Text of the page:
Dinner for one
When I was a kid, I heard about people going to movies alone. And I remember thinking that was kind of strange. Isn’t the point of going out to the movies about doing it together with someone? But then, at some point, I started seeing it differently. In fact, it’s a really cool thing. When I’ve done it, it’s ended up being pretty great in ways I couldn’t have anticipated.
It plays into the larger question of whether we can find a way to honor our own company. Can we push — or gently nudge — aside the obstacles that stand in the way of us taking care of our own needs, when it’s just us? My experience is, while it’s often hard, and there may be a lot of feelings we run into, it’s worth trying to make special time for ourselves, to invest in getting to know the person we’re with the most.
The joy of cooking for one
Of course, not surprisingly, this relates to food (I am a dietician after all!). After a long day, it can be hard to think of making a meal and it can be harder still to do it when you’re cooking for one. It’s something I hear quite a bit in working with my clients. “Lauren, if it weren’t just me, I’d make a real dinner.” Yes, we humans have evolved mealtime from just a time to get nutrition, to a ritual. And the ritual takes on special meaning when we do it with someone else.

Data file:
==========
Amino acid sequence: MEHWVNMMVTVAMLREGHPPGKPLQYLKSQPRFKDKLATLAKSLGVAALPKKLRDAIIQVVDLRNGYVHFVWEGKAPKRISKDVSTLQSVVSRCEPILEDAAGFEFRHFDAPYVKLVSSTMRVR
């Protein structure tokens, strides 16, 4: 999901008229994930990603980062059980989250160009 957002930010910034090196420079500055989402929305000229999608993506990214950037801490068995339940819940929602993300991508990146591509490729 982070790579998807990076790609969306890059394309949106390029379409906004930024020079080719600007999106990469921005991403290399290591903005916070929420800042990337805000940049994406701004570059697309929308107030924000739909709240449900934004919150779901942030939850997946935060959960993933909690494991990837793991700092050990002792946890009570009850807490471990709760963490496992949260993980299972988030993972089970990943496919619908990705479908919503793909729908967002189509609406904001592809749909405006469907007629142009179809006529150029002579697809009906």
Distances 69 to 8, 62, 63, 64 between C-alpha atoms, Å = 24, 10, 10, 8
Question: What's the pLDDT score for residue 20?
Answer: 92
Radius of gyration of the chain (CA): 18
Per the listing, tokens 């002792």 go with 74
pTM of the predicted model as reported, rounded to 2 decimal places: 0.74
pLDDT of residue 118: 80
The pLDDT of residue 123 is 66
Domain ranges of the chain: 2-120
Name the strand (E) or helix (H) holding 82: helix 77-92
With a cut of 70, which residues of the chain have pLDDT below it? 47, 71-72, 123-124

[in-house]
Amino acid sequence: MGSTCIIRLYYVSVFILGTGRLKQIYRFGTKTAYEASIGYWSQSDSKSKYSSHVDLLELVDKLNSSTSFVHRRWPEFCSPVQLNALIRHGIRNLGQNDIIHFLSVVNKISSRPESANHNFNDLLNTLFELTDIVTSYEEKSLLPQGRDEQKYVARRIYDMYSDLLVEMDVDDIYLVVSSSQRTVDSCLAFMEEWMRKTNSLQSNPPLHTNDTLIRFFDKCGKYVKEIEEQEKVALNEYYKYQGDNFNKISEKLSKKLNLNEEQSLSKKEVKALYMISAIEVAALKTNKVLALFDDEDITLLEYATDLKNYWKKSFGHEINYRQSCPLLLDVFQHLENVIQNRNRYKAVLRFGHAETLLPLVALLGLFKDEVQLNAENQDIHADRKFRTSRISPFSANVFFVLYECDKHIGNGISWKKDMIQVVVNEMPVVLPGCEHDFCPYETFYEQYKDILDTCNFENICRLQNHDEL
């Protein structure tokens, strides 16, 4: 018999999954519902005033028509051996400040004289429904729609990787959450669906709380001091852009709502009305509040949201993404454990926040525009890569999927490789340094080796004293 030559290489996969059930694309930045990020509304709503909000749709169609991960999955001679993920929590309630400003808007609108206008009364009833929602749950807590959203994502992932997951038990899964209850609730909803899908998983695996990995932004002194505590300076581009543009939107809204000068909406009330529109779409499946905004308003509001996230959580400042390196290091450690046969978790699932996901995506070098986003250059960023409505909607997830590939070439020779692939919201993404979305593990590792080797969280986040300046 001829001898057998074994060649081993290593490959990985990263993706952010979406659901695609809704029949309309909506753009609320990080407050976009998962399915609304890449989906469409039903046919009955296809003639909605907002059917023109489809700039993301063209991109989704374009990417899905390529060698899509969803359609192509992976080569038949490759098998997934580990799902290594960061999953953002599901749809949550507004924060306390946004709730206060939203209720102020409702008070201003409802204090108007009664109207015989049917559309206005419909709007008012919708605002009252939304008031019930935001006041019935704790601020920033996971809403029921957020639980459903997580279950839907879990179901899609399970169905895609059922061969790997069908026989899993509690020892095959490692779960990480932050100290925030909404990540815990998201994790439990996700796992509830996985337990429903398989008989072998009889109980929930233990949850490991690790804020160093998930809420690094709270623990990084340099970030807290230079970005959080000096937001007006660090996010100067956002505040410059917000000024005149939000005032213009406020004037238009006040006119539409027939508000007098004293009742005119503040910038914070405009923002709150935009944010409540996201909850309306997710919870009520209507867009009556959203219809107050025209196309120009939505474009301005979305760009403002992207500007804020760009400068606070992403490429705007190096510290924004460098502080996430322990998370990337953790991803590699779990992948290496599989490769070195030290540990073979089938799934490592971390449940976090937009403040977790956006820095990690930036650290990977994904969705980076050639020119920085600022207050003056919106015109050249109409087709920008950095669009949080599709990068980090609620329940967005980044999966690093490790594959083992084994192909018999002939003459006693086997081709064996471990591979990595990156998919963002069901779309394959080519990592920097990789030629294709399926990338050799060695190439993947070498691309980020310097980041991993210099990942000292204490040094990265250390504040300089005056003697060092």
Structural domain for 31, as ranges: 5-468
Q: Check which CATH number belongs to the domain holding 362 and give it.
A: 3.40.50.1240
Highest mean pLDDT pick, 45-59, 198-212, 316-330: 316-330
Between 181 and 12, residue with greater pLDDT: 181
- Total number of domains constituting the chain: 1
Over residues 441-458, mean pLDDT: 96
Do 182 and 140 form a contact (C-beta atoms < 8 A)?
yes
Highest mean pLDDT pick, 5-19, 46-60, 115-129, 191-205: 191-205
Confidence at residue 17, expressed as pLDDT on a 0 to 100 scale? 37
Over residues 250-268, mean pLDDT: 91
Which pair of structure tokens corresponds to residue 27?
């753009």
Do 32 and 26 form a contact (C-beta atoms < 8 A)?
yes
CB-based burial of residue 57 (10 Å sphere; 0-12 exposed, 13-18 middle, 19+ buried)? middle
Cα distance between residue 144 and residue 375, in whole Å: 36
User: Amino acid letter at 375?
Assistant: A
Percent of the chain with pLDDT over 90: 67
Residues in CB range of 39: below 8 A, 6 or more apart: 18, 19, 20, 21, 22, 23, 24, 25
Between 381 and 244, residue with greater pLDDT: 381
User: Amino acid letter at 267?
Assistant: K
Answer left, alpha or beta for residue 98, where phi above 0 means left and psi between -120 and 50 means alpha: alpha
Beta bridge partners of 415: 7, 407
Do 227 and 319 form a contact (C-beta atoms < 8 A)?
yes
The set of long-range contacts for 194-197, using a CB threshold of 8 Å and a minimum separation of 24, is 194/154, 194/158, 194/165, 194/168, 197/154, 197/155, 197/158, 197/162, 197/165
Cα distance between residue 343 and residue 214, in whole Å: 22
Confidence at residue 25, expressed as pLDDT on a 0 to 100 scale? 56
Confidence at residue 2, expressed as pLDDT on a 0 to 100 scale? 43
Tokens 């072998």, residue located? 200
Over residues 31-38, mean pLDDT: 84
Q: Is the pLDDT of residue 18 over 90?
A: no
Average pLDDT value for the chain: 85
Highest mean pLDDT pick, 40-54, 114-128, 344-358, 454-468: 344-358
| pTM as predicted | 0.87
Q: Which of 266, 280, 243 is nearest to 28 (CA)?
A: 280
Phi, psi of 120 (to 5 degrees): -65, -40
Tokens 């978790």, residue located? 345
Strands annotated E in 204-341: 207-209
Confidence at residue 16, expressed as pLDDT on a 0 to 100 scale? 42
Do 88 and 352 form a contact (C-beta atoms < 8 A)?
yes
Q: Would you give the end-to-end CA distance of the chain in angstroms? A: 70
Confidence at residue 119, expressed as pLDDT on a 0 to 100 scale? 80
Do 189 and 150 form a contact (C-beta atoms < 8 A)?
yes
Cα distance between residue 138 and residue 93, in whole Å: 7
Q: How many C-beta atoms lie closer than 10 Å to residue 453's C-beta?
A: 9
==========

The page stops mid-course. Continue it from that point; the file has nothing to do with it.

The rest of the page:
Cooking for one person, yourself, may seem like it doesn’t have that same “specialness.” It can seem like a lot of effort to put in, especially when the effort is just for you.
I say you’re worth your time and you’re worth your effort. Making time for yourself can seem so strange, so different, especially when the notion of self-care can be viewed as decadent or selfish. It’s neither decadent nor selfish. It’s a profound act of self-care that serves both the physical and emotional aspects. Giving yourself this gift can become a practice that extends into other parts of your life. It can be fancy or very simple. Maybe turn on some good music or a podcast. You can make a fabulous gourmet dinner, or there are easy meals for one person that don’t take a lot of time to put together or to clean up.
Using prepared foods like pre-washed veggies, convenience items such as canned soups and beans and frozen grains/veggies/protein can help you build a nice meal that’s satisfying and enjoyable … and quick! A baked potato with some toppings, like cheese and broccoli and a dollop of sour cream can be a delicious dinner. A quick search online can give you some great cooking for one recipes. Here’s a link that has options that looked particularly yummy to me.
Thinking of meals as a way to not only physiologically nourish yourself, but also as a way to nourish your soul and give yourself time and space to reflect and rest — it’s a life-long practice that will bring moments of self-discovery, self-acceptance and even self-love.